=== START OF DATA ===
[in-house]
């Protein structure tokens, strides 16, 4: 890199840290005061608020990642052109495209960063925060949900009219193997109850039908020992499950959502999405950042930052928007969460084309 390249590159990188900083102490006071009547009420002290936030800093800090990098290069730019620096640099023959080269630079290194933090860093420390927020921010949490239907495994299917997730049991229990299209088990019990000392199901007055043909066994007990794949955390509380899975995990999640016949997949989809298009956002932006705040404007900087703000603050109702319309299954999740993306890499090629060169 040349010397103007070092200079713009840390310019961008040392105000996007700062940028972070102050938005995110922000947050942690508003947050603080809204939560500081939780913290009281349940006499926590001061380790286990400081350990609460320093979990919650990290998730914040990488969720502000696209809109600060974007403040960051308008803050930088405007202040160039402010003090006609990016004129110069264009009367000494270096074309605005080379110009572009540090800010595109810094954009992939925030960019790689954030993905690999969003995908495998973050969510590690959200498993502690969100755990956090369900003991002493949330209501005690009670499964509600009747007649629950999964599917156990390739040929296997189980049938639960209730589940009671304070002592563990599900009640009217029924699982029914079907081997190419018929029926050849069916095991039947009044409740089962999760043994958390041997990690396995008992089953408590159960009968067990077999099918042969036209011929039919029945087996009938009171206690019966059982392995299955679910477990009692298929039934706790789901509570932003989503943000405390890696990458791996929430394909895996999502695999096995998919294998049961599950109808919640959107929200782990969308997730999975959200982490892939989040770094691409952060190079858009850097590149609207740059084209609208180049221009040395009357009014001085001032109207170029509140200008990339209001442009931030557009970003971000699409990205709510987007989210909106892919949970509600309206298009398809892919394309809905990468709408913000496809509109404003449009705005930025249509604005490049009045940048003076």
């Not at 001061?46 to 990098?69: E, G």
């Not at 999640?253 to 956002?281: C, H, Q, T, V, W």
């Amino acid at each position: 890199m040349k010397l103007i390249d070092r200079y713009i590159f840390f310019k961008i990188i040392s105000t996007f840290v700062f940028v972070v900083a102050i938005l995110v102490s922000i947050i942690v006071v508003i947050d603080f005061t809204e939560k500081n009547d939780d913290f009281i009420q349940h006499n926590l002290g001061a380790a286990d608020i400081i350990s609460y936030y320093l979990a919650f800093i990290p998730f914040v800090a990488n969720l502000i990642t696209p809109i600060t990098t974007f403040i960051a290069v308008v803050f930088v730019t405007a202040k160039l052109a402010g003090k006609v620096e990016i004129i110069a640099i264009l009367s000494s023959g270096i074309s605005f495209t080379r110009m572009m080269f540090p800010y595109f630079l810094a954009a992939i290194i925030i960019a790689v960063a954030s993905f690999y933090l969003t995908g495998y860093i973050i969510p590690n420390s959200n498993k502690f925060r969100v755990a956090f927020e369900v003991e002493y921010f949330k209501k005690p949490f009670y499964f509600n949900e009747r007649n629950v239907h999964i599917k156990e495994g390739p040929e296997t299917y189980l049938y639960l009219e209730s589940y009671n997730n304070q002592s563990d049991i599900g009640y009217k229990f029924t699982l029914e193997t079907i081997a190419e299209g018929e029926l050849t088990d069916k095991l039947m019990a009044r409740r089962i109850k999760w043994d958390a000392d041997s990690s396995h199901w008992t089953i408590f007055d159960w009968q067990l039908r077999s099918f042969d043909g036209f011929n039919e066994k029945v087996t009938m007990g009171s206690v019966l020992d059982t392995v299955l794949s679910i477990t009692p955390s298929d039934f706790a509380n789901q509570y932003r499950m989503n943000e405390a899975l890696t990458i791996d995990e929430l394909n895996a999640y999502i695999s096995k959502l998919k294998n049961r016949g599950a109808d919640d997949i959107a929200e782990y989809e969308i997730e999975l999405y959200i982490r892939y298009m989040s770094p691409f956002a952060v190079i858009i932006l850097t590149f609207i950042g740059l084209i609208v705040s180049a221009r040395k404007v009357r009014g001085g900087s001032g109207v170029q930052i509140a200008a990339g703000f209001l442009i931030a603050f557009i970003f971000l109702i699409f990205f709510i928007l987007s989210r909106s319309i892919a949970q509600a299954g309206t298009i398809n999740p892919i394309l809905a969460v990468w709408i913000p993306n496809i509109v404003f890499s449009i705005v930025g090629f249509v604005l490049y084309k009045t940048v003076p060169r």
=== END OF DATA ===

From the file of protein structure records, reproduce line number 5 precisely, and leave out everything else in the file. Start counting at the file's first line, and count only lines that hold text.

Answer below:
């Amino acid at each position: 890199m040349k010397l103007i390249d070092r200079y713009i590159f840390f310019k961008i990188i040392s105000t996007f840290v700062f940028v972070v900083a102050i938005l995110v102490s922000i947050i942690v006071v508003i947050d603080f005061t809204e939560k500081n009547d939780d913290f009281i009420q349940h006499n926590l002290g001061a380790a286990d608020i400081i350990s609460y936030y320093l979990a919650f800093i990290p998730f914040v800090a990488n969720l502000i990642t696209p809109i600060t990098t974007f403040i960051a290069v308008v803050f930088v730019t405007a202040k160039l052109a402010g003090k006609v620096e990016i004129i110069a640099i264009l009367s000494s023959g270096i074309s605005f495209t080379r110009m572009m080269f540090p800010y595109f630079l810094a954009a992939i290194i925030i960019a790689v960063a954030s993905f690999y933090l969003t995908g495998y860093i973050i969510p590690n420390s959200n498993k502690f925060r969100v755990a956090f927020e369900v003991e002493y921010f949330k209501k005690p949490f009670y499964f509600n949900e009747r007649n629950v239907h999964i599917k156990e495994g390739p040929e296997t299917y189980l049938y639960l009219e209730s589940y009671n997730n304070q002592s563990d049991i599900g009640y009217k229990f029924t699982l029914e193997t079907i081997a190419e299209g018929e029926l050849t088990d069916k095991l039947m019990a009044r409740r089962i109850k999760w043994d958390a000392d041997s990690s396995h199901w008992t089953i408590f007055d159960w009968q067990l039908r077999s099918f042969d043909g036209f011929n039919e066994k029945v087996t009938m007990g009171s206690v019966l020992d059982t392995v299955l794949s679910i477990t009692p955390s298929d039934f706790a509380n789901q509570y932003r499950m989503n943000e405390a899975l890696t990458i791996d995990e929430l394909n895996a999640y999502i695999s096995k959502l998919k294998n049961r016949g599950a109808d919640d997949i959107a929200e782990y989809e969308i997730e999975l999405y959200i982490r892939y298009m989040s770094p691409f956002a952060v190079i858009i932006l850097t590149f609207i950042g740059l084209i609208v705040s180049a221009r040395k404007v009357r009014g001085g900087s001032g109207v170029q930052i509140a200008a990339g703000f209001l442009i931030a603050f557009i970003f971000l109702i699409f990205f709510i928007l987007s989210r909106s319309i892919a949970q509600a299954g309206t298009i398809n999740p892919i394309l809905a969460v990468w709408i913000p993306n496809i509109v404003f890499s449009i705005v930025g090629f249509v604005l490049y084309k009045t940048v003076p060169r």